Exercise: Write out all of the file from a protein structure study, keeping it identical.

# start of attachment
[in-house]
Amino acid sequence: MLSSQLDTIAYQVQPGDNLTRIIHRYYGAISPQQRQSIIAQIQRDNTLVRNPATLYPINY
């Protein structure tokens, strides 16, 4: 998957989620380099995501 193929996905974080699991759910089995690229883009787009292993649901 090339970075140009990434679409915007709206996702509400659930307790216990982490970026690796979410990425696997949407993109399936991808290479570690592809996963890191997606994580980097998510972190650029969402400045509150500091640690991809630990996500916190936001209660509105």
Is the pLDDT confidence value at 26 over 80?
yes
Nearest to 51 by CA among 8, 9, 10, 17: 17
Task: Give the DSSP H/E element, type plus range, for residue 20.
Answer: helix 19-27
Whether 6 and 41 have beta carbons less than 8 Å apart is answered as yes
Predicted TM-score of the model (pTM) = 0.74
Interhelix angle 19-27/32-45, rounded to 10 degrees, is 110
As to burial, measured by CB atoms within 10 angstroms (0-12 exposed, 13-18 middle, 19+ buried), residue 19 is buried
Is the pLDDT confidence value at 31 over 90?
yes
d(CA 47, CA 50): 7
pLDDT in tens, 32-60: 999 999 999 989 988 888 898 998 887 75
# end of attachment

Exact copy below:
[in-house]
Amino acid sequence: MLSSQLDTIAYQVQPGDNLTRIIHRYYGAISPQQRQSIIAQIQRDNTLVRNPATLYPINY
């Protein structure tokens, strides 16, 4: 998957989620380099995501 193929996905974080699991759910089995690229883009787009292993649901 090339970075140009990434679409915007709206996702509400659930307790216990982490970026690796979410990425696997949407993109399936991808290479570690592809996963890191997606994580980097998510972190650029969402400045509150500091640690991809630990996500916190936001209660509105």
Is the pLDDT confidence value at 26 over 80?
yes
Nearest to 51 by CA among 8, 9, 10, 17: 17
Task: Give the DSSP H/E element, type plus range, for residue 20.
Answer: helix 19-27
Whether 6 and 41 have beta carbons less than 8 Å apart is answered as yes
Predicted TM-score of the model (pTM) = 0.74
Interhelix angle 19-27/32-45, rounded to 10 degrees, is 110
As to burial, measured by CB atoms within 10 angstroms (0-12 exposed, 13-18 middle, 19+ buried), residue 19 is buried
Is the pLDDT confidence value at 31 over 90?
yes
d(CA 47, CA 50): 7
pLDDT in tens, 32-60: 999 999 999 989 988 888 898 998 887 75